To live happily, let’s try to be busy! Hobbies and other hobbies are one of the keys to happiness and healthy aging, according to a study of people aged 65 and over in sixteen countries. Not only do hobbies reduce depressive symptoms, they are also linked to increased happiness and life satisfaction.
“Simple things are the most extraordinary, and only scientists can see them.“. This quote from Paulo Coelho, taken from “The Alchemist”, is now echoed in a study led by researchers at University College London (UCL). We learn that hobbies, such as gardening , reading, art, or even games, would make it possible to fight against the decline in mental health and happiness linked to age. And that’s not all, since they would contribute to the development of people elderly, as well as their good health (self-declared), and their satisfaction in life. Simple and accessible pleasures that could help improve the mental health of more than a billion people around the world.
For the purposes of the study, the researchers were interested in the influence of hobbies on the physical and mental health of people aged 65 and over. More than 93,000 individuals who participated in five longitudinal studies in England, Japan, the United States, China and 12 European countries were included in this research, for which their data was analyzed over a period of four to eight years. Note that studies carried out in England, Japan and the United States made it possible to question participants about their hobbies, without the term being precisely defined, while participants in studies in Europe and China were asked about a specific list of hobbies.
Gardening to live happier
Published in the journal Nature Medicine, this work shows that having a hobby, defined as an activity practiced in one’s free time (volunteering, book club, gardening, games, art, etc.) is associated with a drop in depressive symptoms and increased levels of happiness and life satisfaction. According to the study, these hobbies are also linked to increased levels of “self-reported health”. Be careful, however, the researchers indicate that “(these findings) suggest(s) that there may be a causal effect“, but they also specify that this link has not been proven due to the observational nature of the study.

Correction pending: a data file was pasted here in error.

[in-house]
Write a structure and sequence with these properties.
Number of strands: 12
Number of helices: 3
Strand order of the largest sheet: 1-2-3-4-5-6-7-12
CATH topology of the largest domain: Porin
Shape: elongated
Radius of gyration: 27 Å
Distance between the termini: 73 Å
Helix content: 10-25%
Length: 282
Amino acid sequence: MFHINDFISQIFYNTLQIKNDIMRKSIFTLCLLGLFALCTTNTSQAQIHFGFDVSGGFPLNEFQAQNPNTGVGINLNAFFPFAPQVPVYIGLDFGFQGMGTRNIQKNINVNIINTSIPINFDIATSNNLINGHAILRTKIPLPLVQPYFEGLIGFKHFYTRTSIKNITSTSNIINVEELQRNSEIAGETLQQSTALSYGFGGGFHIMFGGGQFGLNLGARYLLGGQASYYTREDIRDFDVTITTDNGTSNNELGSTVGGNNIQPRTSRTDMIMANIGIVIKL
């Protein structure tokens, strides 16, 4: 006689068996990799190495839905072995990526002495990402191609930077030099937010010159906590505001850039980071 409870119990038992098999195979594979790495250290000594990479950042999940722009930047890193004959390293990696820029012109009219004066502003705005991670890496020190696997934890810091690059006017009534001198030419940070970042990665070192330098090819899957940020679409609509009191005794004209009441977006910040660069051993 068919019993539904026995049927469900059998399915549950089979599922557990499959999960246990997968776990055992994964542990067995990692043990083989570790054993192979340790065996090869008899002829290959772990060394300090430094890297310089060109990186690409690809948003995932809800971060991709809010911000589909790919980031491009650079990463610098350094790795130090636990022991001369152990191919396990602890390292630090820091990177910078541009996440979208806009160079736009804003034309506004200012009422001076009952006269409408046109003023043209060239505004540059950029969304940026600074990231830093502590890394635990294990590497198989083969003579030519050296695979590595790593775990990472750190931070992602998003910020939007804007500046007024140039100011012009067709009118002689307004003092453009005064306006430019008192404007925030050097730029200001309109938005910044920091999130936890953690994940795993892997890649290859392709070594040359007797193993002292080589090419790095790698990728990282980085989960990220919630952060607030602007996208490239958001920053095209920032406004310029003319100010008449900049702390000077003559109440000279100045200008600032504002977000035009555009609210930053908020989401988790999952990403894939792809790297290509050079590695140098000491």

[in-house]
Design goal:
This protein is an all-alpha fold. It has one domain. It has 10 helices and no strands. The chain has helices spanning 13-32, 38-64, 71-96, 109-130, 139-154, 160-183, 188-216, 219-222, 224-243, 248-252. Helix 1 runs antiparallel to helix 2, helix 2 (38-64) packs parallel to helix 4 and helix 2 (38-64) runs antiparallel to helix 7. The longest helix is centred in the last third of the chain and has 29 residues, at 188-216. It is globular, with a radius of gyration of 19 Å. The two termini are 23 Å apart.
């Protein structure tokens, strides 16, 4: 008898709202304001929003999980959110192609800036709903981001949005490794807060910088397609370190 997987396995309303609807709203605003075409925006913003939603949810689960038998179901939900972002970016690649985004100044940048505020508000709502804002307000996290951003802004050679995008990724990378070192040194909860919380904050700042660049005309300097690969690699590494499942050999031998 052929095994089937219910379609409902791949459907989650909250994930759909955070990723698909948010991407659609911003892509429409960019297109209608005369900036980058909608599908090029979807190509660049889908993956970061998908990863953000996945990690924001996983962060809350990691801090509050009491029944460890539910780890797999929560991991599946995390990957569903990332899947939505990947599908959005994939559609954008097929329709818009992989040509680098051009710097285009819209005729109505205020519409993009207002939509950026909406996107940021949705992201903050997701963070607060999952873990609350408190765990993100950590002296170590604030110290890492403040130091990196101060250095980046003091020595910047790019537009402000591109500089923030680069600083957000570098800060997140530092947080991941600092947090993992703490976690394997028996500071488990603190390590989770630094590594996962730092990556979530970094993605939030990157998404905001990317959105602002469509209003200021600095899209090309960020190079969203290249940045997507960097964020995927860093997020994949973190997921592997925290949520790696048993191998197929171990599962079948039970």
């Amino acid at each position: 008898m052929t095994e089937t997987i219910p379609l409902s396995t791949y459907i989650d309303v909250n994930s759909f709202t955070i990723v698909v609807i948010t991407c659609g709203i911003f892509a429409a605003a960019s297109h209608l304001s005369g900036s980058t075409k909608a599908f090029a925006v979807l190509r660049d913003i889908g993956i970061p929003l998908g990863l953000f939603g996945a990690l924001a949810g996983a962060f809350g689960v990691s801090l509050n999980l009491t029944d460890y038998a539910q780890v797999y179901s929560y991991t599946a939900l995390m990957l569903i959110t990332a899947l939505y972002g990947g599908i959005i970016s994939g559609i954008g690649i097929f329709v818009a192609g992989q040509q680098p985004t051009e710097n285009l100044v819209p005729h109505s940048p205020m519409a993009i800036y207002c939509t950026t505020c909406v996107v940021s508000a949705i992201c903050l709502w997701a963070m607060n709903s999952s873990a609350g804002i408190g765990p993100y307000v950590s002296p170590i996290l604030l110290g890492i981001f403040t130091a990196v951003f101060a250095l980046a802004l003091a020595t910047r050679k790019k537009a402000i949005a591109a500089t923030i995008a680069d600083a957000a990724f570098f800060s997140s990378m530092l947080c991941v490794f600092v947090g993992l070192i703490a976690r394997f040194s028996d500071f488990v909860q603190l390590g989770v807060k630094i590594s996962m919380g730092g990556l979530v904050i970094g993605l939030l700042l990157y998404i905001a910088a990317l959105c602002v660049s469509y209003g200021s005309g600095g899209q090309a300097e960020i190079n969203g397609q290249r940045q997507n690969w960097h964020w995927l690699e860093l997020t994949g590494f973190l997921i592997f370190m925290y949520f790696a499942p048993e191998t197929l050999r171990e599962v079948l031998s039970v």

“Our study shows that hobbies can protect older adults against age-related declines in mental health and well-being. This potential holds true across many countries and cultural contexts,” says Dr. Karen Mak , main author of this research work, in a press release. And added: “Of the findings, life satisfaction was most strongly linked to hobby participation. Hobbies may contribute to life satisfaction in later years through many mechanisms, including feeling in control of one’s mind and body, finding purpose in life, and feeling competent to cope. to daily problems“.
Normality for the Danes
Although these observations were made in all the countries studied, each population does not approach the hobby in the same way. The researchers note, for example, that just over half of Spanish and Italian participants reported having a hobby (51% and 54% respectively), compared to 96% in Denmark, 95.8% in Sweden, or another 94.4% in Switzerland. “In countries with higher life expectancy and national happiness levels, more people report having a hobby, and the link between well-being and having a hobby is stronger in these countries“, we can read in the study.
These conclusions could make it possible to implement new strategies intended to promote certain hobbies among older people. “Theoretical work suggests that the relationship between hobbies and well-being can go both ways: people in better mental health may be more likely to engage in a hobby, and persistence in a hobby can help us maintain greater life satisfaction. Our study also helps policymakers promote older people’s access to hobbies to improve their well-being and health“, conclude the scientists.